Politics, Moderate



The bumpy road to adulthood

WASHINGTON -- Growing up isn’t what it used to be. There’s a yawning gap between the end of adolescence and the beginning of adulthood: a period when millions of 20-somethings and 30-somethings have many adult freedoms without all the responsibilities. Social scientists have tried -- so far in vain -- to name this new life-stage, but no one ...Read more

Trump’s stock boom -- illusion or reality?

EDITOR’S NOTE: We will send an update to this column after the markets close at 4 p.m. Friday if there is a significant change.

WASHINGTON -- The last thing President Trump now needs is for the stock market to go south on him. After all, he’s got worries aplenty: abroad, North Korea, Syria, Russia and Brexit; at home, the stalled effort to ...Read more

Who loves free trade? We do -- sometimes

WASHINGTON -- Everyone “knows” that Americans have soured on free trade and globalization, as President Trump keeps saying. But don’t tell the folks at Gallup. They’ve asked the same survey question since 1993: Do people see trade as an “opportunity” or as a “threat”? The latest poll, conducted in February, found that 72 percent ...Read more

How to Fix Airline Overbooking

EDITOR’S NOTE: Recall that Samuelson will not be filing his regular Monday column. Consider this a partial substitute. It is for immediate release.

WASHINGTON -- There are lots of public policy problems that, even with the best of political goodwill, cannot be easily solved. They’re just inherently tough. Fixing airline overbooking is not ...Read more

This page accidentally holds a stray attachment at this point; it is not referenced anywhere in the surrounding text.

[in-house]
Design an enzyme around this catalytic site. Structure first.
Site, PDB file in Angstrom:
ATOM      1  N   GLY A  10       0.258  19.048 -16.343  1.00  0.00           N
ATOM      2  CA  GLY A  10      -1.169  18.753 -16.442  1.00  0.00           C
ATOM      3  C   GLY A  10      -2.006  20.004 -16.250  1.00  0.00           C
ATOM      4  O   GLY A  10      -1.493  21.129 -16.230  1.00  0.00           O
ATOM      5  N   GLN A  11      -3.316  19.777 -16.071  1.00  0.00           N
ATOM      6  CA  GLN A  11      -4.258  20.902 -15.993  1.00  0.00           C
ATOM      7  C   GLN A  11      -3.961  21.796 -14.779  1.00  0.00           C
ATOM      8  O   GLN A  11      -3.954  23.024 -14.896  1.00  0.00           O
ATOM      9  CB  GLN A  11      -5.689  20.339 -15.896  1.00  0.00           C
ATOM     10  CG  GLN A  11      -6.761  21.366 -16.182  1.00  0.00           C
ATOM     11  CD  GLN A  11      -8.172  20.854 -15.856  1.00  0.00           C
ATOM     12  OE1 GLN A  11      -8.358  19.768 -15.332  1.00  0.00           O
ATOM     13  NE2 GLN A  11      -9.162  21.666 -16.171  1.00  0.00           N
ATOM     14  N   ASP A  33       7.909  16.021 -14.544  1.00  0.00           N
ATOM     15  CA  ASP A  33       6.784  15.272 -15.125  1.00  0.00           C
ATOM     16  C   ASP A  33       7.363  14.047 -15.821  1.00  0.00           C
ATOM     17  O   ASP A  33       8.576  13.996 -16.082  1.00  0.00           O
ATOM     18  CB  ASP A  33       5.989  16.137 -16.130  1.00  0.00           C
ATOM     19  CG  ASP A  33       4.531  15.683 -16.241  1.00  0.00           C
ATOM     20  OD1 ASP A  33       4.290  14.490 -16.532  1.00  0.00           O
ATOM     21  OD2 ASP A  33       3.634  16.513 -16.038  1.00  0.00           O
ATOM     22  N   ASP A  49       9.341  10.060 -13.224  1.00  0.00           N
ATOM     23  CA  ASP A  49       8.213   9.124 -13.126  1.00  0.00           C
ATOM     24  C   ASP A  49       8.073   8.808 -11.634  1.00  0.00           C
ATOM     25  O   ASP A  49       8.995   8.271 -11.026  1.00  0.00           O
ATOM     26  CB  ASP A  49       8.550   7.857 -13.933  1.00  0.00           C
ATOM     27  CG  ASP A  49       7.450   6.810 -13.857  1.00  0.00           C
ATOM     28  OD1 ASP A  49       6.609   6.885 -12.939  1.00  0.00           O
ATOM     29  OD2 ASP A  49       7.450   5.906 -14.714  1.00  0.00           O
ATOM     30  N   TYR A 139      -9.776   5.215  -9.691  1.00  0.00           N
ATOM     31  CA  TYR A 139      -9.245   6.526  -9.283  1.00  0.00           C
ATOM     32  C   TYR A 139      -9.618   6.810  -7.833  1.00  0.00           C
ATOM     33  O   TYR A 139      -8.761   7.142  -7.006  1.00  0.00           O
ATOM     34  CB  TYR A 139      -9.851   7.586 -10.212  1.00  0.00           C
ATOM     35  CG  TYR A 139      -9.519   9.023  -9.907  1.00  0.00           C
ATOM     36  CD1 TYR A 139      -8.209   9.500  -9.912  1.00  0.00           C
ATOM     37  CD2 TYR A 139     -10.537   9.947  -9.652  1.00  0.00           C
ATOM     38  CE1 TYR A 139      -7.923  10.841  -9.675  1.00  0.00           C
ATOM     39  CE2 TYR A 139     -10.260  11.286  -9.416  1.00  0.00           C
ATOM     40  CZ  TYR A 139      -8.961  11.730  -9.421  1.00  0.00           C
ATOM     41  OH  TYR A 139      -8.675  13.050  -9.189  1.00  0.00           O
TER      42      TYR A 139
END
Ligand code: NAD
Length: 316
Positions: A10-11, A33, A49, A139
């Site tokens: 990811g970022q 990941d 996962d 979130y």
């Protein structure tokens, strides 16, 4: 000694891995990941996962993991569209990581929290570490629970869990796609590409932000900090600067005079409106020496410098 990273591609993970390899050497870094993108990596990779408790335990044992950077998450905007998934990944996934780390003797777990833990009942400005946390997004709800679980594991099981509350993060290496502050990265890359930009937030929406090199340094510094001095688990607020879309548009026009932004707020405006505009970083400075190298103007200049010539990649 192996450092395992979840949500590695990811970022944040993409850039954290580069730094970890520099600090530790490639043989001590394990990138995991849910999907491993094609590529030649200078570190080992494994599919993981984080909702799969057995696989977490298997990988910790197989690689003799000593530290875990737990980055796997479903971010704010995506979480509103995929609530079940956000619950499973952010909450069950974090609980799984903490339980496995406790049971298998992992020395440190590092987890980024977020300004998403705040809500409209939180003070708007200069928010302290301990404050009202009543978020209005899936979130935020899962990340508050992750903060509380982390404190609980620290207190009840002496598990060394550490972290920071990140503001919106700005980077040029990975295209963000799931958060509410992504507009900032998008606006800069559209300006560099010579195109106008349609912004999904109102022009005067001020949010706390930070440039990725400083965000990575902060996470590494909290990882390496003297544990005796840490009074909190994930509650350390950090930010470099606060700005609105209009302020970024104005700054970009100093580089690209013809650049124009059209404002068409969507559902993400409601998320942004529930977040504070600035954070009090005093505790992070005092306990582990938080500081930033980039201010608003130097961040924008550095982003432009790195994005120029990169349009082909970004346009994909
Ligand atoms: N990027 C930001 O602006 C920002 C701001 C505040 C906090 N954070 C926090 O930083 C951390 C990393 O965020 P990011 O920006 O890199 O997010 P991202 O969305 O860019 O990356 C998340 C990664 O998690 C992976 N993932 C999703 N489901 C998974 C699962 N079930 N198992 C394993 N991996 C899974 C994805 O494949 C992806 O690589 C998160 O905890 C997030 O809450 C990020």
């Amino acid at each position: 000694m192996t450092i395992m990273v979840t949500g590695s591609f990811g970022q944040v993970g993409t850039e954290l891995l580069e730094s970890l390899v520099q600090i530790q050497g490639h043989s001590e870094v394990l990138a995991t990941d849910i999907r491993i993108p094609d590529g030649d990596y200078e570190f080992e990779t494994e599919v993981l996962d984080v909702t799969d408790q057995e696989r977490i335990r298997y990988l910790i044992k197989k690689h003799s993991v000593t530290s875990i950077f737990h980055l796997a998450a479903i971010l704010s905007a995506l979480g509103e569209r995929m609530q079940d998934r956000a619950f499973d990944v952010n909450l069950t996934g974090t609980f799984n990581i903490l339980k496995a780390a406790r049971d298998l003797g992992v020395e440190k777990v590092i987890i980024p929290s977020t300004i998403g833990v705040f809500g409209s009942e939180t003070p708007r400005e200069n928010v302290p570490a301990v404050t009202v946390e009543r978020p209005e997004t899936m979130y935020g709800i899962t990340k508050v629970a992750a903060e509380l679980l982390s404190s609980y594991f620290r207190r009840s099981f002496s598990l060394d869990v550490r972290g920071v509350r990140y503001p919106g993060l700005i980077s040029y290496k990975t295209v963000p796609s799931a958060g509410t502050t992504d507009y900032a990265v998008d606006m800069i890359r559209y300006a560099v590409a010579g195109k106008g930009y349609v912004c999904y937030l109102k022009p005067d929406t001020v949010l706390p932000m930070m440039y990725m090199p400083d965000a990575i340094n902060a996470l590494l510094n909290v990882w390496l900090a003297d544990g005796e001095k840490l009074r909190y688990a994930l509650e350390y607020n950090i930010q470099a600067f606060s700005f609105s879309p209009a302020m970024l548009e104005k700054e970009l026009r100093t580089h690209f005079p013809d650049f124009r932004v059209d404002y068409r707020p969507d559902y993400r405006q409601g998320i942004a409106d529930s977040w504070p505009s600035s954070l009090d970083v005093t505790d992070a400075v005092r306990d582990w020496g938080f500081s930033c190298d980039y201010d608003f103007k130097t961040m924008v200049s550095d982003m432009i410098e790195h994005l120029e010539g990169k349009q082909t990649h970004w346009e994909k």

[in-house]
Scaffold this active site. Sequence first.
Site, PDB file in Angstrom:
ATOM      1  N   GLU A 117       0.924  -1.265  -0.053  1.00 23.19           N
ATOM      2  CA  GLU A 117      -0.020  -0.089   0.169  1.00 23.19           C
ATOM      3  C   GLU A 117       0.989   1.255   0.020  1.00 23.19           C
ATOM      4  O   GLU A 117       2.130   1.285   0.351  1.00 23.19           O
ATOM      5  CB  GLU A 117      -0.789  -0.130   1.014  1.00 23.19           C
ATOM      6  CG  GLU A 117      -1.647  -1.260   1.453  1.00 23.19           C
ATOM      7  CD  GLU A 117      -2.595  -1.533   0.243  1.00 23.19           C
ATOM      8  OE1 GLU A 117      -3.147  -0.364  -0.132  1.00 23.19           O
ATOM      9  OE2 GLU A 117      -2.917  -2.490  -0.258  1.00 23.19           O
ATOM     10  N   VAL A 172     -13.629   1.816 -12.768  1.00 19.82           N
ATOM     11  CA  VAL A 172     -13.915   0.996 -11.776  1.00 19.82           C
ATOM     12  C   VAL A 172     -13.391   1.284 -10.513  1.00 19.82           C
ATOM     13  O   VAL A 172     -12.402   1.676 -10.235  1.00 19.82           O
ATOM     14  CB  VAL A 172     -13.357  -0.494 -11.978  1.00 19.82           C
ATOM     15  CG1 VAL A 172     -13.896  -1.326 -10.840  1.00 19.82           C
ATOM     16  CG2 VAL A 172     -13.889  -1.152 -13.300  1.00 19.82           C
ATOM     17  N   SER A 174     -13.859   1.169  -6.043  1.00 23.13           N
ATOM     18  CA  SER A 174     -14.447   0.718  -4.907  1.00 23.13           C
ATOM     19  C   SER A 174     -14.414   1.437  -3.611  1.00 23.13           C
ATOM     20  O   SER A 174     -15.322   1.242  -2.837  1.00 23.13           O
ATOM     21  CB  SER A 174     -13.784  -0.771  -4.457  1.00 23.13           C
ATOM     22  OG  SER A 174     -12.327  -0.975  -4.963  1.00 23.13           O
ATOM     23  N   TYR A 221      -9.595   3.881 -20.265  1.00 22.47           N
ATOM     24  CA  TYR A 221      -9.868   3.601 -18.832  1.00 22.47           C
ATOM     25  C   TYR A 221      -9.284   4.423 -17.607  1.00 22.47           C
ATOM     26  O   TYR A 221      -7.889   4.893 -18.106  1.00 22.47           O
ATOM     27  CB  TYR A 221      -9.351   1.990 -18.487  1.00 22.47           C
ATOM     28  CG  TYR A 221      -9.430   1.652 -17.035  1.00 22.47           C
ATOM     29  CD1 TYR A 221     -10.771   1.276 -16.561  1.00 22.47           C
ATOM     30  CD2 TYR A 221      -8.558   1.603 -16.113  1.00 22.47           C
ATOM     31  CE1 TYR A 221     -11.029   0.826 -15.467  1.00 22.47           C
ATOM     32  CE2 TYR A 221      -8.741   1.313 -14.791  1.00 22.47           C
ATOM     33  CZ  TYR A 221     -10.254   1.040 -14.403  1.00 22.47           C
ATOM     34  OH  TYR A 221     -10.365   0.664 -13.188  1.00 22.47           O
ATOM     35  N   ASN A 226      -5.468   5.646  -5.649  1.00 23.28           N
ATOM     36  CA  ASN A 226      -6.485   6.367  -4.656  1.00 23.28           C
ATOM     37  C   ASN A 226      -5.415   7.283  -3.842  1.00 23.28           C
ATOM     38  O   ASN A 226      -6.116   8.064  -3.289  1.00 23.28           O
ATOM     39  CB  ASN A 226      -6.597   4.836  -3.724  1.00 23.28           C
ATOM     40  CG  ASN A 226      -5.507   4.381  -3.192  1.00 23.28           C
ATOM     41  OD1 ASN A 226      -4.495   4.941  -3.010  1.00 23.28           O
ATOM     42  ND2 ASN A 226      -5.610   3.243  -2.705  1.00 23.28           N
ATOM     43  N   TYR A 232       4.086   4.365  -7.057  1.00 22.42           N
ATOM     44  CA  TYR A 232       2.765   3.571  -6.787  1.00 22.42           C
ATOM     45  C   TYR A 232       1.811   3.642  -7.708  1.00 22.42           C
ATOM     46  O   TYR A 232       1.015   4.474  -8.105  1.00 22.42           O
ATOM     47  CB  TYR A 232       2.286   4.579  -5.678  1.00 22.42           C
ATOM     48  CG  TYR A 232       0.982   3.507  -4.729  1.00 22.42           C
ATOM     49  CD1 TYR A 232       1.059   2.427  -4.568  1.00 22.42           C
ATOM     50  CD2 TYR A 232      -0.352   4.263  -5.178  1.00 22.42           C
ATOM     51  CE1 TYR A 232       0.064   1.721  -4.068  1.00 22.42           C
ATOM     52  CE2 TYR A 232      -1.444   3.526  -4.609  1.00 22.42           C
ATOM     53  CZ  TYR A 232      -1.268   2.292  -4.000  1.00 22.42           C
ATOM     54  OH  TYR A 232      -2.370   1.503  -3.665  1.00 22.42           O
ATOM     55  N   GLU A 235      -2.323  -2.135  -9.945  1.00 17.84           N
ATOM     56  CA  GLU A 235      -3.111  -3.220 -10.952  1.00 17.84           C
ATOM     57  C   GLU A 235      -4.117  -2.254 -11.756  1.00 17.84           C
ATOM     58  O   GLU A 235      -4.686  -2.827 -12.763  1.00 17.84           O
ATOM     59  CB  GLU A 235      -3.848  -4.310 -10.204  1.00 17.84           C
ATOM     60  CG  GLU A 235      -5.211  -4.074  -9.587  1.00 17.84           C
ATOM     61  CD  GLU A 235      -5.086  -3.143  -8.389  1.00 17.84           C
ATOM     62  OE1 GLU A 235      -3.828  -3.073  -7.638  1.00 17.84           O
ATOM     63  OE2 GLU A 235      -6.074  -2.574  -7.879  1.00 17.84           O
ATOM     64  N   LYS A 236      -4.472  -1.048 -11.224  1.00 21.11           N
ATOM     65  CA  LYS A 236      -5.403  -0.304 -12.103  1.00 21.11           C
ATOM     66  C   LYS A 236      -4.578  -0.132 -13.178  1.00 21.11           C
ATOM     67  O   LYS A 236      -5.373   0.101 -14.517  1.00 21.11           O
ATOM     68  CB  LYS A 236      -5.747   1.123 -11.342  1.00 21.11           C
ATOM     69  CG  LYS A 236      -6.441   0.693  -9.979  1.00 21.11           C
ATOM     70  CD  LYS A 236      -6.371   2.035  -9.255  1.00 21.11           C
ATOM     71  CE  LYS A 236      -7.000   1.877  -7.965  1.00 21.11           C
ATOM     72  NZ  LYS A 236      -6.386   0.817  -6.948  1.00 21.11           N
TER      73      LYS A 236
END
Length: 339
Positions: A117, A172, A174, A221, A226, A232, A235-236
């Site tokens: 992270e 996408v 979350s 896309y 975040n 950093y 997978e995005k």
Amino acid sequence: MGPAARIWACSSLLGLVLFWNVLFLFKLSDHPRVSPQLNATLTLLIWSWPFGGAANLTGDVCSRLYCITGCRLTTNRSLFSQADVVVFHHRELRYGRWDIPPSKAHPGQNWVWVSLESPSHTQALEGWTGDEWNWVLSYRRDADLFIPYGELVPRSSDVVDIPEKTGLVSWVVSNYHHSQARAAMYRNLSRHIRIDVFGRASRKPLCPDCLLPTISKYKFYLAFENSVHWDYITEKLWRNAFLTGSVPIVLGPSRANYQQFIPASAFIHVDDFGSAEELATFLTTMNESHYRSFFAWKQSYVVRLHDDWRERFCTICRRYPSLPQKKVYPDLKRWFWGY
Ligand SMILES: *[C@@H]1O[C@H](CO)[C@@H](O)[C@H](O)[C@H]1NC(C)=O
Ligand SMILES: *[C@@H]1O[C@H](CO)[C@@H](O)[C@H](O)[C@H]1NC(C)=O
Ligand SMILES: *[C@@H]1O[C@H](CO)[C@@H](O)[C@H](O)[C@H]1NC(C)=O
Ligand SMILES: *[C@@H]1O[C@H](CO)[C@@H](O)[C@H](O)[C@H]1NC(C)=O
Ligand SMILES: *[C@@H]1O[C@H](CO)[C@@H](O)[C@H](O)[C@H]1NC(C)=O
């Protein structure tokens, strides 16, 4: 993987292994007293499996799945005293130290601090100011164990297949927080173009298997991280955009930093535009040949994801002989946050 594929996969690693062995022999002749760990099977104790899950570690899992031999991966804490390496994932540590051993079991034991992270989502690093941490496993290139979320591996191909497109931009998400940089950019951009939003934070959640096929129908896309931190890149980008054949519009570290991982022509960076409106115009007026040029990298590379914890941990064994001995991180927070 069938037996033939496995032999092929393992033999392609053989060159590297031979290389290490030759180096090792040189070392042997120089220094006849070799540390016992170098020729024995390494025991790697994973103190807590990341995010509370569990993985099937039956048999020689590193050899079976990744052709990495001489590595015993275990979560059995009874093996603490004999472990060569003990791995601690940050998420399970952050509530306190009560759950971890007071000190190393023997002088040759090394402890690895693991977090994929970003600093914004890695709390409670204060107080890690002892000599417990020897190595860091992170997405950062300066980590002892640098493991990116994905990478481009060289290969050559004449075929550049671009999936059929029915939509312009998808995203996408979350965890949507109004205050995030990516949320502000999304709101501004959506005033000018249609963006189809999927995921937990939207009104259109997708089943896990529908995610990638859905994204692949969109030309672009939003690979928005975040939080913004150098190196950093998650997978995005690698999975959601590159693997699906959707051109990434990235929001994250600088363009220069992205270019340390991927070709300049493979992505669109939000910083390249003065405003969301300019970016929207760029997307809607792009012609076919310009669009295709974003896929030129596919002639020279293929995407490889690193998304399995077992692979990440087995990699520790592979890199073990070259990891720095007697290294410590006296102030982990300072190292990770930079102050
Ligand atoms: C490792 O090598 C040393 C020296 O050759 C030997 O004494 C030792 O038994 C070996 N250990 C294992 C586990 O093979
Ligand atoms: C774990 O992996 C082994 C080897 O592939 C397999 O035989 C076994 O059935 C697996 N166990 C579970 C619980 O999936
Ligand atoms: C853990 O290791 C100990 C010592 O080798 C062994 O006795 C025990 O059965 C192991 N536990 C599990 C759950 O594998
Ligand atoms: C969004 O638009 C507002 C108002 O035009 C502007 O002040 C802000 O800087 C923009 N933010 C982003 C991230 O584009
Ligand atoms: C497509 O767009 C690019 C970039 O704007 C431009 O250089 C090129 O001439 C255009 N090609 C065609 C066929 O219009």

Are Living Standards Truly Stagnant?

WASHINGTON -- It may turn out that the widespread belief that most Americans’ incomes have stagnated for years is, well, false or at least overstated.

Say what?

No doubt, many Americans feel that, except for the rich and segments of the upper middle class, they’ve been treading water economically for years. To take a prominent piece of ...Read more

Taxes -- the Great Uniter?

WASHINGTON -- As Tax Day -- April 18 this year -- approaches, we are confronted once again with the apparently enduring reality that Americans hate to pay taxes. Few political generalizations seem so indestructible. Gallup has long asked Americans whether their federal income taxes are too high. About 50 percent to 60 percent regularly say “...Read more

America’s Parliamentary Disaster

WASHINGTON -- America’s Congress is quietly becoming a European-style parliament -- and the transformation isn’t for the good. Congress is fanning, not defusing, conflict. Although I have written about this before, the issue is worth revisiting, because its significance is underappreciated and it helps explain the brutal bitterness of today�...Read more

Is the American Dream Killing Us?

WASHINGTON -- It isn’t often that economics raises the most profound questions of human existence, but recent work of economists Anne Case and Angus Deaton (husband and wife, both of Princeton University) comes close. You may recall that a few years ago, Case and Deaton reported the startling finding that the death rates of non-Hispanic whites...Read more

The National Slush Fund

WASHINGTON -- There was bound to be a political commotion when the Trump administration released its 2018 budget. After all, it isn’t every day that the White House proposes deep cuts in agency spending: for 2018, the Environmental Protection Agency would be down 31 percent; the State Department, 29 percent; the Department of Education, 14 ...Read more

Making Medicaid Great

WASHINGTON -- It’s time to take control of Medicaid before it takes control of us. Unless we act -- and there is little evidence that we will -- Medicaid increasingly becomes another mechanism by which government skews spending toward the old and away from the young. In the raging debate over the Affordable Care Act (Obamacare), this is a ...Read more